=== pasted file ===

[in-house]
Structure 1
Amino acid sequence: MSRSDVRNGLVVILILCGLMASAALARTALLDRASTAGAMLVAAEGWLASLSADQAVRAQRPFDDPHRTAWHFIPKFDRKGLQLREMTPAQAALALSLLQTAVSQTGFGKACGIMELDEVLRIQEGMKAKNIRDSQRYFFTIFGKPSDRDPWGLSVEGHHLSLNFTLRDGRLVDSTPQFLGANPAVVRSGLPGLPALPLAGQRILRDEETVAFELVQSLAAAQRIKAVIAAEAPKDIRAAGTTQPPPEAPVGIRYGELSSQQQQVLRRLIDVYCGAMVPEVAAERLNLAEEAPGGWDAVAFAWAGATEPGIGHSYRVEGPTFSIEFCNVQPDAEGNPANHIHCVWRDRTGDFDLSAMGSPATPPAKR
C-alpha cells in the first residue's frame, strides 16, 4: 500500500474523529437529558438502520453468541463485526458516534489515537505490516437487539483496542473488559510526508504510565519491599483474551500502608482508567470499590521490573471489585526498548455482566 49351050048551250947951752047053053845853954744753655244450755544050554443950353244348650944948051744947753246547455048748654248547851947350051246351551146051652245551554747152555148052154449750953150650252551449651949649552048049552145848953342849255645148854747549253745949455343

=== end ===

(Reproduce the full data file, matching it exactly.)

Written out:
[in-house]
Structure 1
Amino acid sequence: MSRSDVRNGLVVILILCGLMASAALARTALLDRASTAGAMLVAAEGWLASLSADQAVRAQRPFDDPHRTAWHFIPKFDRKGLQLREMTPAQAALALSLLQTAVSQTGFGKACGIMELDEVLRIQEGMKAKNIRDSQRYFFTIFGKPSDRDPWGLSVEGHHLSLNFTLRDGRLVDSTPQFLGANPAVVRSGLPGLPALPLAGQRILRDEETVAFELVQSLAAAQRIKAVIAAEAPKDIRAAGTTQPPPEAPVGIRYGELSSQQQQVLRRLIDVYCGAMVPEVAAERLNLAEEAPGGWDAVAFAWAGATEPGIGHSYRVEGPTFSIEFCNVQPDAEGNPANHIHCVWRDRTGDFDLSAMGSPATPPAKR
C-alpha cells in the first residue's frame, strides 16, 4: 500500500474523529437529558438502520453468541463485526458516534489515537505490516437487539483496542473488559510526508504510565519491599483474551500502608482508567470499590521490573471489585526498548455482566 49351050048551250947951752047053053845853954744753655244450755544050554443950353244348650944948051744947753246547455048748654248547851947350051246351551146051652245551554747152555148052154449750953150650252551449651949649552048049552145848953342849255645148854747549253745949455343